Graphics - Facts about On-Demand Prints

FACTS ABOUT ON-DEMAND PRINTS

Sheet Features

Available as coated simulations for any of our On-Demand Print products are 2,007 Pantone Matching System®(PMS®) Colors, digitally printed onto Epson Proofing Paper White Semi-matte with an Epson SureColor.

The total 2,007 PMS colors include 1,853 from our Pantone Formula Guide Coated and 154 Pastel colors from our Pantone Pastels & Neons Coated fan decks.

Pantone Simulator Prints offer 35, 1”x 1-3/8” adhesive chips of your chosen color(s). To ensure the best results in color communication and reproduction, always use PantoneLIVE digital color data and share actual Simulator print paper color chips with stakeholders and throughout your supply chain.

Technical Notes

What Does “Out of Gamut” Mean For On-Demand Prints?

On-Demand Print products are printed using an Epson SureColor P7000 printer driven by Esko Pack Proof with an achievability goal of ≈1.0 Delta-E 2000 or less. We continually strive to improve overall performance, not only in this product but also in everything we provide to our customers, by leveraging advances in technology and expertise.

However, digital printer gamut limitations combined with particular color characteristics can sometimes limit accurate reproductions. Highly chromatic colors, very light, or dark colors, that are achievable using a specific printing process, may not be reproducible on a digital printer. These colors are more sensitive to the limitations of printer calibration, characterization, and performance.

Please note, our selected tolerance goal aims for the most ideal color matching possible. However, sometimes values produced are slightly higher than our target Delta-E range. Although there may be a slight visible variance, they are still ¬useful for color guidance and inspiration.

  • Paper – On-Demand Print products are printed using Epson Proofing Paper White Semimatte, an optical brightener–free 10mil naturally bright white base.
  • Pantone Color definition – Each Pantone color is defined as spectral data from PantoneLIVE added as a spot color to the Pantone Simulator job file, and rendered using Esko Pack Proof.
  • Calibration – Performed according to Esko’s recommended calibration procedures to maintain accuracy.
  • Print Specifications – Aim to target full gamut of Epson SureColor P7000, with Epson Proofing Paper White Semi-matte, and the Epson UltraChrome® HDX ten-color pigmented ink set.

Within the 1,867 PMS Colors, (as found in our Pantone Formula Guide Coated), 14 are metallic and neon. These colors cannot be reproduced accurately using a ten-color process.

On-Demand Print products are currently available for coated simulations – uncoated is not yet supported.

Variables

There are many variables in the digital print process that can affect color reproduction. Some factors that can contribute to variability include:

  • Type of Pantone Color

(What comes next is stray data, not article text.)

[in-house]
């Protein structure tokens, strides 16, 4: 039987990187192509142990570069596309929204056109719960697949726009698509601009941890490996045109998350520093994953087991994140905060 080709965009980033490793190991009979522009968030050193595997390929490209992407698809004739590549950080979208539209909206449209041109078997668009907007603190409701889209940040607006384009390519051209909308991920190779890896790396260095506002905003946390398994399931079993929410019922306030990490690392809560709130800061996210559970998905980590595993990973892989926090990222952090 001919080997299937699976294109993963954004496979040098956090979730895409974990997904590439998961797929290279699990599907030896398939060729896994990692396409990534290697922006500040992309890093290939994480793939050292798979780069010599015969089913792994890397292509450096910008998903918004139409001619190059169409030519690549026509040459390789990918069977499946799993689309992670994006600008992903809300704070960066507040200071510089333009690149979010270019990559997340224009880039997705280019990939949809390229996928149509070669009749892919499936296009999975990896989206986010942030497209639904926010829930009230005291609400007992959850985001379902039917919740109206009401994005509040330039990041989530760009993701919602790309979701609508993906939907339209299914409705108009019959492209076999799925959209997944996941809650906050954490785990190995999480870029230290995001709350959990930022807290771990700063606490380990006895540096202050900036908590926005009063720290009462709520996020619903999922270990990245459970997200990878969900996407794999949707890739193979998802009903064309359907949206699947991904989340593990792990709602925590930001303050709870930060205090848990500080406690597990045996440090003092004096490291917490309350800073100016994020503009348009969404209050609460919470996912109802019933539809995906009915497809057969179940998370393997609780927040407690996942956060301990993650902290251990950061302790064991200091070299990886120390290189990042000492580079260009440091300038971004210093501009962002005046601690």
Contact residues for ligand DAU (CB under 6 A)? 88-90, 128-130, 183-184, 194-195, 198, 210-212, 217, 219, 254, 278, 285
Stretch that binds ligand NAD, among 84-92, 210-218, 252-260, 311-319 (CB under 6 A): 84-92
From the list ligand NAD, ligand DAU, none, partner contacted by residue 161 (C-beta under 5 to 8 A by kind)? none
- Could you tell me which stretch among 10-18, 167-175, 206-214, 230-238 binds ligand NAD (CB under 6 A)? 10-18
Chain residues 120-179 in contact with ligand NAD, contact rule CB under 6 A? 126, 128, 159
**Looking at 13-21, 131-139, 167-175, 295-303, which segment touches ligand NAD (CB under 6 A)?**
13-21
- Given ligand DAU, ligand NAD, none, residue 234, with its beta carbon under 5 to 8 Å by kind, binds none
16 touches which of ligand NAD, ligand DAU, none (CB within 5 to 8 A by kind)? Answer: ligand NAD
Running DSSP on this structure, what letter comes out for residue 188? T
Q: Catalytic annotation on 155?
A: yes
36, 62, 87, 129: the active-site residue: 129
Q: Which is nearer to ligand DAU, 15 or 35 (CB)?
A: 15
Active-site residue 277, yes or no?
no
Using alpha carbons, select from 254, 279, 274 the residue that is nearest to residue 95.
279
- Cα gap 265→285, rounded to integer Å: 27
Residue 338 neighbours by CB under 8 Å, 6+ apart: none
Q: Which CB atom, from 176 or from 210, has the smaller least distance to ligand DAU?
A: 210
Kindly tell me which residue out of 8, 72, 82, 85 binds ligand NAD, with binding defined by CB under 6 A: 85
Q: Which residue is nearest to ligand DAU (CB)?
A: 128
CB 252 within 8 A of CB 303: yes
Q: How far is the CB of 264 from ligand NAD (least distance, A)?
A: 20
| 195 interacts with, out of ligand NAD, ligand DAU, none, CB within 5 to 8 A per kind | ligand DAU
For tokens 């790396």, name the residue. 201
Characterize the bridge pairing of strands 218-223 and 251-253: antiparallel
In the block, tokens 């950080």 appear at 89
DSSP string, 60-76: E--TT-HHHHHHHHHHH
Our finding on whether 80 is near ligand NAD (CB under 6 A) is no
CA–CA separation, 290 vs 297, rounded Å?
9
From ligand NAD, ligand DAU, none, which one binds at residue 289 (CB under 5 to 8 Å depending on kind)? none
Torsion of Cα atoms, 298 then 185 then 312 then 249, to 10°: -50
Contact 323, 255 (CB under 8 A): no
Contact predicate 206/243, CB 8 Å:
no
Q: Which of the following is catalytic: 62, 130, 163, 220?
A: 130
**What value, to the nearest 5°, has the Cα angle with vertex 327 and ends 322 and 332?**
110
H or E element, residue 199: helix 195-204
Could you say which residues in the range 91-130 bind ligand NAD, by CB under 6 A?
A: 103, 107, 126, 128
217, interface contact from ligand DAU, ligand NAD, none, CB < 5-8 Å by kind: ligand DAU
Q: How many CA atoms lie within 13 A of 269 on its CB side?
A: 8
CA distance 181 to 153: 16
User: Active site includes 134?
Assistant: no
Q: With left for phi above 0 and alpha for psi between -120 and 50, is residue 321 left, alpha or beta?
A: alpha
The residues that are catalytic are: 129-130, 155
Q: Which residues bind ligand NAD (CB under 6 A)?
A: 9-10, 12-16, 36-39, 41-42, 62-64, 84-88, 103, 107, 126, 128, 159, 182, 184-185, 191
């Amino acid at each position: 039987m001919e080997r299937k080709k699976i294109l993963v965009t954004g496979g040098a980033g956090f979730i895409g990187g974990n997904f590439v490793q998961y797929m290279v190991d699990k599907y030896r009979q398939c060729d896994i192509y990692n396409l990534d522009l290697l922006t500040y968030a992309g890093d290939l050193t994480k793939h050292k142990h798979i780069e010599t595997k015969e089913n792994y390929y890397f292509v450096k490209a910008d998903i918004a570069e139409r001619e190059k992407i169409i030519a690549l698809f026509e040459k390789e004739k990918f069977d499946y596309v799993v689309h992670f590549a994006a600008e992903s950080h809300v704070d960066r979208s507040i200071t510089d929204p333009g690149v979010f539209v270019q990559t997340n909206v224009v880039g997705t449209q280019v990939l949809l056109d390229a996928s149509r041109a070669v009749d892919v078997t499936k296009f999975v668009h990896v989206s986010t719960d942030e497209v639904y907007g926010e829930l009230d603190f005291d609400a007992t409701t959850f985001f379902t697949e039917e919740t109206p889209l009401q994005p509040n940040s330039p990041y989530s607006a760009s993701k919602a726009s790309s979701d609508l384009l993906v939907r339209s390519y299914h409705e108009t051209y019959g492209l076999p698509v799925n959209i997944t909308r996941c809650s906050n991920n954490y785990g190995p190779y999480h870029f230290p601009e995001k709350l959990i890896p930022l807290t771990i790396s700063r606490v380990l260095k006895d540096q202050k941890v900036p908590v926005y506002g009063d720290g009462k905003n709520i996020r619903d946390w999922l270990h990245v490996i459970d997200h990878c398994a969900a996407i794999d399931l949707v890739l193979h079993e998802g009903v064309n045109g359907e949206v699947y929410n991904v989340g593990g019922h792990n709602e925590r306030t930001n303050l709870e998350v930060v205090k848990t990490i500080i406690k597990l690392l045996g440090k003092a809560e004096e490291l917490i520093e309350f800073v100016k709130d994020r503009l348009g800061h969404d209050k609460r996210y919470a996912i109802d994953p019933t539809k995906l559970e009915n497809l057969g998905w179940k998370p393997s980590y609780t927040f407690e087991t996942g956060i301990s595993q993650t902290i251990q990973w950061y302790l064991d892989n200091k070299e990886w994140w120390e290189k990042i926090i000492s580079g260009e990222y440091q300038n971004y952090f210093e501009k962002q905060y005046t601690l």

• Calibration
  • RIP
  • Viewing conditions (simulated D50 light booth recommended)
  • Age of printed proof/sample
  • Type of inks
  • Type and age of paper

Which Colors Are "Out of Gamut" For On-Demand Prints?

Out of gamut colors are shown on product page order forms with accompanying warning icons, in gray color print, and inability to be selected and purchased at this time due to unavoidable limitations of digital printing. As Pantone strives to offer our customers only the best, closest possible achievable colors, out of gamut colors over Delta-E 2000 > 2.0 are considered too far from target and not the best user experience. As technology is ever-improving, these colors may become available in the future as adaptation of digital printing variables become more favorable.

COLOR NAME
Δ-E 2000
COLOR NAME
Δ-E 2000
COLOR NAME
Δ-E 2000
PANTONE Purple C
4.57
PANTONE 246 C
3.61
PANTONE 3517 C
3.58
PANTONE 252 C
3.49
PANTONE Violet C
3.36
PANTONE 2727 C
3.08
PANTONE 226 C
3.04
PANTONE Rubine Red C
2.98
PANTONE 3564 C
2.79
PANTONE 2083 C
2.71
PANTONE 245 C
2.64
PANTONE 238 C
2.52
PANTONE 2385 C
2.49
PANTONE 410 C
2.49
PANTONE 2375 C
2.47
PANTONE 2184 C
2.44
PANTONE 404 C
2.4
PANTONE Warm Gray 9 C
2.38
PANTONE 409 C
2.37
PANTONE 239 C
2.35
PANTONE Warm Gray 10 C
2.3
PANTONE 3005 C
2.25
PANTONE 1265 C
2.21
PANTONE 439 C
2.21
PANTONE 2361 C
2.19
PANTONE 285 C
2.17
PANTONE 436 C
2.17
PANTONE 2195 C
2.15
PANTONE 2194 C
2.14
PANTONE 528 C
2.11
PANTONE 438 C
2.09
PANTONE 2395 C
2.07
PANTONE Black 6 C
2.05
PANTONE 7544 C
2.03

On-Demand Prints: When Should You Use Them Over Guides or Paper Chips?

  • Guides and paper chips give you all of our colors to easily reference and share, but remember, due to handling, fading and aging your guide colors will appear inaccurate over time and size and format can be limiting
  • Pantone On-Demand Prints are produced using the most accurate data – our 2010 digital Master Standards
  • Color is shipped within hours of printing and ensured to measure within <1 Delta-E 2000 of the Master Standards
  • See how your color can change when printed using different processes and on various substrates (by selecting an appropriate dependent standard printing condition) so you can make adjustments before sending files out for production
  • Set color shift expectations by sharing Tolerance Guides and Pantone Simulator Prints with your production partners
  • Pantone Simulator Prints allow availability of any PMS Color as a sheet of adhesive sticker chips

Why Doesn’t My Guide Color Match My Digital Print Color?

On-Demand Prints and our printed guides are produced from the same master digital data, although some variance in the color can sometimes be expected for the following reasons:

  1. Simulator prints and our printed guides are printed on different substrates, different inks, and using different printing processes
  2. Over time, due to specific pigment types, exposure, and paper yellowing, printed colors can fade or lose quality. Make sure you are only comparing publications under 12 months of age